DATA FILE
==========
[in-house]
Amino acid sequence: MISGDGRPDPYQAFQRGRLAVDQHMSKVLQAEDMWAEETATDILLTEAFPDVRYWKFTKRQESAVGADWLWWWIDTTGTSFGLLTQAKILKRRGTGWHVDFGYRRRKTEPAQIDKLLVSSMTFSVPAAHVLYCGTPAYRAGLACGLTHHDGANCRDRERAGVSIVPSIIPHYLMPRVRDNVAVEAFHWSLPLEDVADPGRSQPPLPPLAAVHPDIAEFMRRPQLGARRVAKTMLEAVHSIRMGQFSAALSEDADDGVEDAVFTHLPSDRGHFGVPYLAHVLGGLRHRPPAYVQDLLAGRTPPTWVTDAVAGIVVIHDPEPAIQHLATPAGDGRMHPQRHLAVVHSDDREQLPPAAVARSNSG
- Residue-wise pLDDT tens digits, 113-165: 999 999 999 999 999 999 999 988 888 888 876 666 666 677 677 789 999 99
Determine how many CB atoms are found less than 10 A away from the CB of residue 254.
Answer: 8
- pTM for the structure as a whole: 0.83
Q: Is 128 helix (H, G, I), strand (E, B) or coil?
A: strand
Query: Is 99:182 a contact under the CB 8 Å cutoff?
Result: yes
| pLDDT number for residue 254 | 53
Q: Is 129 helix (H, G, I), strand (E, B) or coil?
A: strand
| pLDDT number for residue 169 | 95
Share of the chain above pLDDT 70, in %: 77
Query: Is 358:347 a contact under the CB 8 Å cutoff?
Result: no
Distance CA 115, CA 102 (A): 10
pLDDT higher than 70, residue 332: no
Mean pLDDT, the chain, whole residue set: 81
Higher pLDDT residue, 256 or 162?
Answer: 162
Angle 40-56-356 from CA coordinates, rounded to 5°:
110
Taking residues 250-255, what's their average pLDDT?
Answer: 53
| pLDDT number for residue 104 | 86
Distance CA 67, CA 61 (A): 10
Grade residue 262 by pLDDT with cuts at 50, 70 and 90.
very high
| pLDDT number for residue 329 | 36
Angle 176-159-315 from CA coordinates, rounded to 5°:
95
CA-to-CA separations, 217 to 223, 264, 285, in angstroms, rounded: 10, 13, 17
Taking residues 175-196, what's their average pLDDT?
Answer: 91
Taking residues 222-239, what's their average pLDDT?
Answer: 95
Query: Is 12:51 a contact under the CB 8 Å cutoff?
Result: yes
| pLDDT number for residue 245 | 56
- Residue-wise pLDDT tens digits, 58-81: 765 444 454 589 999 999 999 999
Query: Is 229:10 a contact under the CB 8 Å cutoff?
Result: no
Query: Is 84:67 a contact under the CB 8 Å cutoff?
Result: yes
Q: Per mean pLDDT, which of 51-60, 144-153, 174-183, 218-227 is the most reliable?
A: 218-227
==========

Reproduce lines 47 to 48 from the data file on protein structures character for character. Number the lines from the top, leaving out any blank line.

Q: Per mean pLDDT, which of 51-60, 144-153, 174-183, 218-227 is the most reliable?
A: 218-227